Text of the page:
EON Plots Norway-to-Italy E-Car Charging Network

  • German energy giant, Denmark’s Clever plan 180 charging sites
  • EU provides 10 million euros in funding for network rollout

Why Electric Cars Aren't Taking Over Yet

EON SE is teaming up with Danish charging provider Clever to build a network of fast-charging stations along European highways as the region struggles to spur widespread demand for electric cars.

The network, supported by 10 million euros ($12 million) in funding from the European Union, will initially have 180 stations stretching from Italy to Norway, Clever said Friday in a statement. The first stations in Germany and Denmark will open before the summer, with others following to create charging points at least every 180 kilometers (112 miles) and enable cross-continental road trips. 

Carmakers are spending record amounts on developing electric vehicles to meet increasingly stringent pollution standards. Tighter carbon-dioxide limits are set to take effect in 2021, spurring manufacturers to make battery-powered vehicles, hoping a broader choice and better driving ranges will trigger more purchases. The EU this week proposed a further 30 percent reduction in auto emissions by 2030, increasing the pressure on the region’s automakers.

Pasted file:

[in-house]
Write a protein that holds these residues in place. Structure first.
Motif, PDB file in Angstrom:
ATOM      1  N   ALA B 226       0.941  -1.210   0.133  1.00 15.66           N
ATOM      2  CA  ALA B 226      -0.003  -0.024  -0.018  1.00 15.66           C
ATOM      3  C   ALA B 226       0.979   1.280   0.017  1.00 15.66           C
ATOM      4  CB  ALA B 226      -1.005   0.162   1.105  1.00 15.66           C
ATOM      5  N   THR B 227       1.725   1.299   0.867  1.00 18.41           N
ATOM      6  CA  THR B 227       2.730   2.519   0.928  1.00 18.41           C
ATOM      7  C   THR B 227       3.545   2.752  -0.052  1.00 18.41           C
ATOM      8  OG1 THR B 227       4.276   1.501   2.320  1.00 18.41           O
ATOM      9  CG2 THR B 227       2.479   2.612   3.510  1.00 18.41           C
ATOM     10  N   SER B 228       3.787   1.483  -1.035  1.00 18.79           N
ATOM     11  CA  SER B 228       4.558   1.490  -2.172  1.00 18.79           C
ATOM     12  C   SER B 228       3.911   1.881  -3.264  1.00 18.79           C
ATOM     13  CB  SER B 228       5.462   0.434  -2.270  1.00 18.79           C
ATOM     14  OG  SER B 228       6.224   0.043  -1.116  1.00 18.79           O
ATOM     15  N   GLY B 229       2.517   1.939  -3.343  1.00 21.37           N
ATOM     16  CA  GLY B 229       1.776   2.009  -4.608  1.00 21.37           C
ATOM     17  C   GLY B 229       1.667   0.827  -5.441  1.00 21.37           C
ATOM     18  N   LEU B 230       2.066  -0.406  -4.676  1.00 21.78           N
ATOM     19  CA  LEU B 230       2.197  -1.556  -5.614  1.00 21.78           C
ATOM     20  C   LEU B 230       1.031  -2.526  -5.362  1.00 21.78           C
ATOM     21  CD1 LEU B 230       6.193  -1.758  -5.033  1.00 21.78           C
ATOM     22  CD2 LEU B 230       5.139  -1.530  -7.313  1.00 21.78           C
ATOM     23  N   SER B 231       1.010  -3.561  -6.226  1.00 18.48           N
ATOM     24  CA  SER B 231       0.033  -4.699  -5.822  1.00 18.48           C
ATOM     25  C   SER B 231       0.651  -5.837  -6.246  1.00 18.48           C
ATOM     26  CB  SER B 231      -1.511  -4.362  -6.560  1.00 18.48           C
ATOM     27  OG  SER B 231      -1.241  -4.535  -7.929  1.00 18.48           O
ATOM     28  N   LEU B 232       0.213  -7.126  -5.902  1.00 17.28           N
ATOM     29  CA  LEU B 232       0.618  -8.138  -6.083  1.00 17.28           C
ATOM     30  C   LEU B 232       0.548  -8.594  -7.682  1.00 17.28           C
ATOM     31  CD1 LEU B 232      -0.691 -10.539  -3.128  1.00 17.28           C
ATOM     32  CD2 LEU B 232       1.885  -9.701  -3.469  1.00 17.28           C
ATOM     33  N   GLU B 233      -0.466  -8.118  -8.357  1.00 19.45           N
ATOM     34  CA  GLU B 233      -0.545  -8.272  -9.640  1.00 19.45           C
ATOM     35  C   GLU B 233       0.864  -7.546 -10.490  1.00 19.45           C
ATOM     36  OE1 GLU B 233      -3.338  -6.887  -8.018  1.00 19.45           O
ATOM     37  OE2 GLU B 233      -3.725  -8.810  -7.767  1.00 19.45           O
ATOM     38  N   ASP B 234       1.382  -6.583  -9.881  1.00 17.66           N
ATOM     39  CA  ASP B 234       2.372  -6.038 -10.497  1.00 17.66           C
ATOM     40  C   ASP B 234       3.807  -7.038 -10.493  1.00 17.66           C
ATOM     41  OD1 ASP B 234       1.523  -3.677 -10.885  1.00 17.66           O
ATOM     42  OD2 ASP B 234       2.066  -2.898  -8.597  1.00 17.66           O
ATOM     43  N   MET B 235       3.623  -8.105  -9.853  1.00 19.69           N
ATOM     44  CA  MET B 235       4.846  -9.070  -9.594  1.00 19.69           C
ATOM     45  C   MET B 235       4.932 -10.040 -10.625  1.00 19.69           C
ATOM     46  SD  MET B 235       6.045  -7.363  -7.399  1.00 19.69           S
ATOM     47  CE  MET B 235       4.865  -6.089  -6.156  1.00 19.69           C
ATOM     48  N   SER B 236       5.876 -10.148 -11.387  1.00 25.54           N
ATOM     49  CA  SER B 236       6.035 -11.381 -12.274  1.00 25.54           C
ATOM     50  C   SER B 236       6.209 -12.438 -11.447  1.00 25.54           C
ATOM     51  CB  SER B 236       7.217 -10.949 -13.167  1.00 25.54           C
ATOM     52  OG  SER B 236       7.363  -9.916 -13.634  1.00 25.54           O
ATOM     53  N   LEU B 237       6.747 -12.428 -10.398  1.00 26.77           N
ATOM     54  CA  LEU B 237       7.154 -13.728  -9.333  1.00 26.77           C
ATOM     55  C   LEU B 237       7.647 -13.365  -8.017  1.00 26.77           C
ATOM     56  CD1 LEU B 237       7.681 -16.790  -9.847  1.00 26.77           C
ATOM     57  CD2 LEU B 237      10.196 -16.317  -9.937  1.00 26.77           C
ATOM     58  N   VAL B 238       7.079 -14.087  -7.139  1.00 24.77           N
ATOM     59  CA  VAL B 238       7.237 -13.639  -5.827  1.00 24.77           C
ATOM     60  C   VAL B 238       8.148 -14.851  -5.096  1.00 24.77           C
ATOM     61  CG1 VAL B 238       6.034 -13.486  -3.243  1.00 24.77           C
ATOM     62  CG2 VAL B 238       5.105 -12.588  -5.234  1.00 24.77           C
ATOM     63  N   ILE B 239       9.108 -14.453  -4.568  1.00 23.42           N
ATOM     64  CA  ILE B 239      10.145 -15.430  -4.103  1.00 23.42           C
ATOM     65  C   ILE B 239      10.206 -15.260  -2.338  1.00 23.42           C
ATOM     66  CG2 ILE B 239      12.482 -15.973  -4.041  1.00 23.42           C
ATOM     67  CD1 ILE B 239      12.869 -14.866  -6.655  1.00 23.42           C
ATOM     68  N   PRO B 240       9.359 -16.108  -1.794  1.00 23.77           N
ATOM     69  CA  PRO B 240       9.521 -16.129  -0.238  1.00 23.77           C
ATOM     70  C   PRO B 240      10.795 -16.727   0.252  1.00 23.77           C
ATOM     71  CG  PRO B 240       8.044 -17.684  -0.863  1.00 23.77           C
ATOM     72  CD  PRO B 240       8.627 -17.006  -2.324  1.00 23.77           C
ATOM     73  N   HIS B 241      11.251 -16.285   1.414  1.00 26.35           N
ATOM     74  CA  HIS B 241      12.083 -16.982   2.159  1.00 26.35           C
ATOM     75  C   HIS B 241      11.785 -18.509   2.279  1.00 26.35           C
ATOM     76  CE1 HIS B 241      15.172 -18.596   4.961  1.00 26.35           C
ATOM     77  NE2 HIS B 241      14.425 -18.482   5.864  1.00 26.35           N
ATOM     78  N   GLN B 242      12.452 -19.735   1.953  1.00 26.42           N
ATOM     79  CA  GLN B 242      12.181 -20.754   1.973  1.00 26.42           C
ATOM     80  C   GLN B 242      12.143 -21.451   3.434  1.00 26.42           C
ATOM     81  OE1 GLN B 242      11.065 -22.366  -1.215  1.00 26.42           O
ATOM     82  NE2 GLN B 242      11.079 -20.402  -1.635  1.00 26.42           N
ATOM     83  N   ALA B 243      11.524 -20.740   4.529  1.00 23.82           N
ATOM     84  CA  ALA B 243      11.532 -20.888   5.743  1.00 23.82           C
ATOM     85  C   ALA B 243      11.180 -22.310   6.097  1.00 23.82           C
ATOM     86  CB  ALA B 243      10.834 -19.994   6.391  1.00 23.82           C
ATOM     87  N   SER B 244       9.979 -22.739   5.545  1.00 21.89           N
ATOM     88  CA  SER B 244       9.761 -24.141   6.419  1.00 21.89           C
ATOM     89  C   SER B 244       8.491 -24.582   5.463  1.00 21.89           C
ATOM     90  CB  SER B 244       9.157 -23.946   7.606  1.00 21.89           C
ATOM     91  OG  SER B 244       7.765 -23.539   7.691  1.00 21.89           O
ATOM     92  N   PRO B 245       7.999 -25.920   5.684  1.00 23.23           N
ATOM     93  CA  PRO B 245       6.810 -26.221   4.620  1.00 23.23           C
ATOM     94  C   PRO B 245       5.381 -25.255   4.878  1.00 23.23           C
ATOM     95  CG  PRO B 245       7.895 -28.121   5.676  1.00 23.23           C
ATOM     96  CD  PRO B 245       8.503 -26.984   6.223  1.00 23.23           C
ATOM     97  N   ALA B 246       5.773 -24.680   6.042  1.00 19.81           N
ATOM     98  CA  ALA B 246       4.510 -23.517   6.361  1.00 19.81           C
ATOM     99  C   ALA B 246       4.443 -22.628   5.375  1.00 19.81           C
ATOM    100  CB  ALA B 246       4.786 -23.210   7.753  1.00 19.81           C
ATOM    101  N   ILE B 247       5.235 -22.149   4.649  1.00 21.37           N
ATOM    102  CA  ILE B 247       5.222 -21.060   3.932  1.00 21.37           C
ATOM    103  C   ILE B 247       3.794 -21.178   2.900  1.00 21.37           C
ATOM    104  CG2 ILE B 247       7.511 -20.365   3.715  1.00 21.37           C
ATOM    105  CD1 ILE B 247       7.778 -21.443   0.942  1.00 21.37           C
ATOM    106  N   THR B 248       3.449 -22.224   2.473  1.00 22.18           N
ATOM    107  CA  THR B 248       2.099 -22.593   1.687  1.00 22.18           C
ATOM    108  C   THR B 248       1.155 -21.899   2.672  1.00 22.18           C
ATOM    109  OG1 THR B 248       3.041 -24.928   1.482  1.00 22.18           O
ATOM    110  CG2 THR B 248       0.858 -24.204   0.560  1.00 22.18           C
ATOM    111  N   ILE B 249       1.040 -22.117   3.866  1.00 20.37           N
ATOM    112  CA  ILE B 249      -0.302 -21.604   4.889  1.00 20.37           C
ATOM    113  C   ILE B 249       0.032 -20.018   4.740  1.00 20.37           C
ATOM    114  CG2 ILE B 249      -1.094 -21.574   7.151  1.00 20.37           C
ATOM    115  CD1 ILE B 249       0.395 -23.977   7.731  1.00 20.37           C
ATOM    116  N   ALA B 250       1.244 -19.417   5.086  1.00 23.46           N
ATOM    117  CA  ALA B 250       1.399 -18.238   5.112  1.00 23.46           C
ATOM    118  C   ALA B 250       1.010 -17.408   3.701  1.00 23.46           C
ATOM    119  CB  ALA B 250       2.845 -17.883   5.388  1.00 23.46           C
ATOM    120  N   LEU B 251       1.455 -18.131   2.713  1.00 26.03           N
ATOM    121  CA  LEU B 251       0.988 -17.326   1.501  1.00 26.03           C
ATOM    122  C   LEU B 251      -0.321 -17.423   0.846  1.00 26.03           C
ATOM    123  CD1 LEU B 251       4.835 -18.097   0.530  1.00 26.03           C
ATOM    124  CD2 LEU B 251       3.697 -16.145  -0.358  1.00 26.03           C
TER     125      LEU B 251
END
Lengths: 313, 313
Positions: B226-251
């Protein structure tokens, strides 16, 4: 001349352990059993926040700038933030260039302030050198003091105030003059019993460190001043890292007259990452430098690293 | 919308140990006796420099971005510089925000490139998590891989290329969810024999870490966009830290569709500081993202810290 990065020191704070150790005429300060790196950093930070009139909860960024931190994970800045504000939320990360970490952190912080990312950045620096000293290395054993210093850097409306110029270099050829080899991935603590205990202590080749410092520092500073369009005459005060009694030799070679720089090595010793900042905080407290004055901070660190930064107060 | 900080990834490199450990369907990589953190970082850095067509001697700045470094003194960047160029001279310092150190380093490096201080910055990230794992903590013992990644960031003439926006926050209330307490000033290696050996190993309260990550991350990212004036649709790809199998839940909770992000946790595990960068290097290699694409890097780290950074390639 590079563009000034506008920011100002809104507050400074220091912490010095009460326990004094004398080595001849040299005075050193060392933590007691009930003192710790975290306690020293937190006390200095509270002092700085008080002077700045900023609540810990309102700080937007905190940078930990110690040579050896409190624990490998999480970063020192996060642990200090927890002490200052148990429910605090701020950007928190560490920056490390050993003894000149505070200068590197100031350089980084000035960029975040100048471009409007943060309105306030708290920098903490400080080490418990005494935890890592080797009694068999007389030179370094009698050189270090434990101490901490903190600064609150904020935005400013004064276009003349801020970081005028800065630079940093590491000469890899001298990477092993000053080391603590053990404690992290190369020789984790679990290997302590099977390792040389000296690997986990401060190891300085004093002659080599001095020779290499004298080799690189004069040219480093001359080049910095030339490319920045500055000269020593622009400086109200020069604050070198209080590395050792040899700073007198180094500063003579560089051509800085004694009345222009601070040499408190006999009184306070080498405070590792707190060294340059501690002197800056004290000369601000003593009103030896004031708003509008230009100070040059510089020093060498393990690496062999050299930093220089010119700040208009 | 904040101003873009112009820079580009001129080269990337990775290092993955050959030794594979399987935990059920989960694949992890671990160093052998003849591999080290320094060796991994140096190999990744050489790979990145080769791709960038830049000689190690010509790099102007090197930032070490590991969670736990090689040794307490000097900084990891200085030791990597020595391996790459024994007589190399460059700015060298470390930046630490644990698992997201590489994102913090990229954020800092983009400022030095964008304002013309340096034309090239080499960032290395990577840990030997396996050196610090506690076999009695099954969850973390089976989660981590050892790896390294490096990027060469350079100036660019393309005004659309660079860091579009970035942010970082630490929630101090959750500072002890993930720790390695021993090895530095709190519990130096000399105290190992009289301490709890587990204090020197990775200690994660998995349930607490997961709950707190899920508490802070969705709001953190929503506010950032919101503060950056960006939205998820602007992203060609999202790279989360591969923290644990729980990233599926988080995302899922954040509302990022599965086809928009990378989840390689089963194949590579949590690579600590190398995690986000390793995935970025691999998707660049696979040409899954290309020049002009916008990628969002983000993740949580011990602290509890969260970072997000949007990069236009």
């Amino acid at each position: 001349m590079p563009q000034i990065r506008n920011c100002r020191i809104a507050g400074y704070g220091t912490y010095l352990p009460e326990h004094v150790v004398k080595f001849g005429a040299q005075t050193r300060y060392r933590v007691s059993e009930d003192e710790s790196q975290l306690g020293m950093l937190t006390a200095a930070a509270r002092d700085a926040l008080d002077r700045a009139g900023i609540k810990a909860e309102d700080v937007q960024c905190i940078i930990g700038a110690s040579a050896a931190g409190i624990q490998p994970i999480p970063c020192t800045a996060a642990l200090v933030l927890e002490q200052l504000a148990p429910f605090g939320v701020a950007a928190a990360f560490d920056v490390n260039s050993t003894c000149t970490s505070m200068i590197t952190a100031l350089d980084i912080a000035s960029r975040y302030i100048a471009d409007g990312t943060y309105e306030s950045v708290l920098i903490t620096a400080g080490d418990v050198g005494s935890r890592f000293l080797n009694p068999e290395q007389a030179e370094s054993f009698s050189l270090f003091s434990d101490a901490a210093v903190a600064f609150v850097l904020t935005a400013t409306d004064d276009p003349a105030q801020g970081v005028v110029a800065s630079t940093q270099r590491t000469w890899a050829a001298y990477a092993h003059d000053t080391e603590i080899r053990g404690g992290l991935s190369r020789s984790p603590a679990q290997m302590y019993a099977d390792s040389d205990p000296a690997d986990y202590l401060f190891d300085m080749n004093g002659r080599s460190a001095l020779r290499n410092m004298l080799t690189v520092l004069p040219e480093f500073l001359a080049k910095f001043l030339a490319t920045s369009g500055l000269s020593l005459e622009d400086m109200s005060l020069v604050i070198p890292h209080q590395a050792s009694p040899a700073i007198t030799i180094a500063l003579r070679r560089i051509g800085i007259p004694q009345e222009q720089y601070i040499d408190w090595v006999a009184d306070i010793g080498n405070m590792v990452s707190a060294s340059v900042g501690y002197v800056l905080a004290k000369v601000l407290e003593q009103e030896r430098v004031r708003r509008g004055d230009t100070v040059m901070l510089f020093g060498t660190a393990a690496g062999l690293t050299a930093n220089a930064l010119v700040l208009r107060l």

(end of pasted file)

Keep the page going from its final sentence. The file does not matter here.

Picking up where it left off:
Read here to see how California is struggling to install more stations

“We have to be ready for the mass adoption of electric vehicles,” said Casper Kirketerp-Moller, chief executive officer of Clever, a start-up owned by Danish energy companies including SEAS-NVE. “We need infrastructure and we need to reduce range anxiety. What we lack is a network connecting cities and countries,” he said in a phone interview.

The plan by Clever and German energy giant EON mirrors a similar effort by leading European carmakers. Volkswagen AG, BMW AG and Mercedes-Benz parent Daimler AG have teamed up to offer a charging network of about 400 stations by the end of the decade. The rare investment by carmakers in infrastructure reflects the strains on the manufacturers to ease consumer concerns about usability of battery-powered vehicles.

Clever, which operates 1,500 stations in locations across Scandinavia and northern Germany, will set up the new highway stations to recharge car batteries in as little as 20 minutes. The facilities will accommodate two to six cars and mainly be located at rest stops on the highway.

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